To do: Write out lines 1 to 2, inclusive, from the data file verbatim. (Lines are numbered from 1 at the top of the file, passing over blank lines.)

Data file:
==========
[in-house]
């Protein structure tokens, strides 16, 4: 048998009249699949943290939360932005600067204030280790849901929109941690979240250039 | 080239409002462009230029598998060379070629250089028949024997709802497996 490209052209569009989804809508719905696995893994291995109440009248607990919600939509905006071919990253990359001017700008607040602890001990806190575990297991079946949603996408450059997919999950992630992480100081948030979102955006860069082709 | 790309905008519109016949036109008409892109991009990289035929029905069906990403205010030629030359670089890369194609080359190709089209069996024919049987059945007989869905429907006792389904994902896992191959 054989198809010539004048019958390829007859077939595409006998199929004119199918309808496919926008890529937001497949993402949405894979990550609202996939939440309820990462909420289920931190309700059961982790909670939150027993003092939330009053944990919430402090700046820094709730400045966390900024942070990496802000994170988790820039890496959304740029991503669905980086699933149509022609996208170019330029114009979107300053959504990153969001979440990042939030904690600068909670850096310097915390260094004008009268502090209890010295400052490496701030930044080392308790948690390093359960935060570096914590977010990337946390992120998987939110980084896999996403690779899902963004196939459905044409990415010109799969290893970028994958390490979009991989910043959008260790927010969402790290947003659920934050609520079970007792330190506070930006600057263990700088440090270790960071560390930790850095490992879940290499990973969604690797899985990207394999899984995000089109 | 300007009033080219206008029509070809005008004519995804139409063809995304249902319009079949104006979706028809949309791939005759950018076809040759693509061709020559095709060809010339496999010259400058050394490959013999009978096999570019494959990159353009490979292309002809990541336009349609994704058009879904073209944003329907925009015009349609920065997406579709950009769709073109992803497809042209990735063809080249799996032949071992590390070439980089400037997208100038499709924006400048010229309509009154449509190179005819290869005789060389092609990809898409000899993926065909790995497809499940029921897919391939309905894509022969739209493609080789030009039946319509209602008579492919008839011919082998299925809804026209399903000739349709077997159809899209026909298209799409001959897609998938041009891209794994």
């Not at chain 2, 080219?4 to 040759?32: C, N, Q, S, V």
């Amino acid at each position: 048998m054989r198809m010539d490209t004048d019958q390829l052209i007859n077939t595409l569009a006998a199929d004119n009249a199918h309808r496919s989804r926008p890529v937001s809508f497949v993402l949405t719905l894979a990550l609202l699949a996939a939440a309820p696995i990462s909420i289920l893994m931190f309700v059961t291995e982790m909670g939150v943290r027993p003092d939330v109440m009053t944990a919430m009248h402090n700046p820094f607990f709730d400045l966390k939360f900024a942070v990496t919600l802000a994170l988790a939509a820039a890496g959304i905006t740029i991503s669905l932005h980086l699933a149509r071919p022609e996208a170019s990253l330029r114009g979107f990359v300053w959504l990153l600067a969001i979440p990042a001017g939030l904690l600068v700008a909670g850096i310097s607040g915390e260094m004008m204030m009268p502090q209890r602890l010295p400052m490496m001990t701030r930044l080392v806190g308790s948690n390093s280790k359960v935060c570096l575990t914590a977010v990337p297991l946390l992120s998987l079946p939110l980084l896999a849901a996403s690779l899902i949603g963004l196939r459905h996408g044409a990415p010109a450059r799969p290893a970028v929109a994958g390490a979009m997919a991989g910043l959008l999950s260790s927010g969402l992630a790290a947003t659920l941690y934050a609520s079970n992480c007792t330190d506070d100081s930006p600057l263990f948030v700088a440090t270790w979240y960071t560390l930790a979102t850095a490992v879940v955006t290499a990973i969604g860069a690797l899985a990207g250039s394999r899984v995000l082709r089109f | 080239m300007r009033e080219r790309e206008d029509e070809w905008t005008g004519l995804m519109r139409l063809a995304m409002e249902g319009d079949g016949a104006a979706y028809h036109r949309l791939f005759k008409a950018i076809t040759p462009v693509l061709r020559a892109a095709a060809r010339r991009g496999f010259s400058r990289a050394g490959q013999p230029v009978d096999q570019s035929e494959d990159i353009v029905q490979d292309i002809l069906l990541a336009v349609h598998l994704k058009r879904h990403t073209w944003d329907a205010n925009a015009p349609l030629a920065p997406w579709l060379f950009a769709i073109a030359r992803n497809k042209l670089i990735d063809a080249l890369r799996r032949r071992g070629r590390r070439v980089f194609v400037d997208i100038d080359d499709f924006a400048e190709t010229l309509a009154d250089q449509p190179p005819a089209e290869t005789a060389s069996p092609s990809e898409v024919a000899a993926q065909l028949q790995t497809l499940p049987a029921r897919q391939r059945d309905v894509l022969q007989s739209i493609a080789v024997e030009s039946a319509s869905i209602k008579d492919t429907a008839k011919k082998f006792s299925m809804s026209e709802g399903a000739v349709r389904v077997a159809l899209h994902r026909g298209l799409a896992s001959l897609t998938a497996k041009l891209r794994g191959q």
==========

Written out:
[in-house]
């Protein structure tokens, strides 16, 4: 048998009249699949943290939360932005600067204030280790849901929109941690979240250039 | 080239409002462009230029598998060379070629250089028949024997709802497996 490209052209569009989804809508719905696995893994291995109440009248607990919600939509905006071919990253990359001017700008607040602890001990806190575990297991079946949603996408450059997919999950992630992480100081948030979102955006860069082709 | 790309905008519109016949036109008409892109991009990289035929029905069906990403205010030629030359670089890369194609080359190709089209069996024919049987059945007989869905429907006792389904994902896992191959 054989198809010539004048019958390829007859077939595409006998199929004119199918309808496919926008890529937001497949993402949405894979990550609202996939939440309820990462909420289920931190309700059961982790909670939150027993003092939330009053944990919430402090700046820094709730400045966390900024942070990496802000994170988790820039890496959304740029991503669905980086699933149509022609996208170019330029114009979107300053959504990153969001979440990042939030904690600068909670850096310097915390260094004008009268502090209890010295400052490496701030930044080392308790948690390093359960935060570096914590977010990337946390992120998987939110980084896999996403690779899902963004196939459905044409990415010109799969290893970028994958390490979009991989910043959008260790927010969402790290947003659920934050609520079970007792330190506070930006600057263990700088440090270790960071560390930790850095490992879940290499990973969604690797899985990207394999899984995000089109 | 300007009033080219206008029509070809005008004519995804139409063809995304249902319009079949104006979706028809949309791939005759950018076809040759693509061709020559095709060809010339496999010259400058050394490959013999009978096999570019494959990159353009490979292309002809990541336009349609994704058009879904073209944003329907925009015009349609920065997406579709950009769709073109992803497809042209990735063809080249799996032949071992590390070439980089400037997208100038499709924006400048010229309509009154449509190179005819290869005789060389092609990809898409000899993926065909790995497809499940029921897919391939309905894509022969739209493609080789030009039946319509209602008579492919008839011919082998299925809804026209399903000739349709077997159809899209026909298209799409001959897609998938041009891209794994």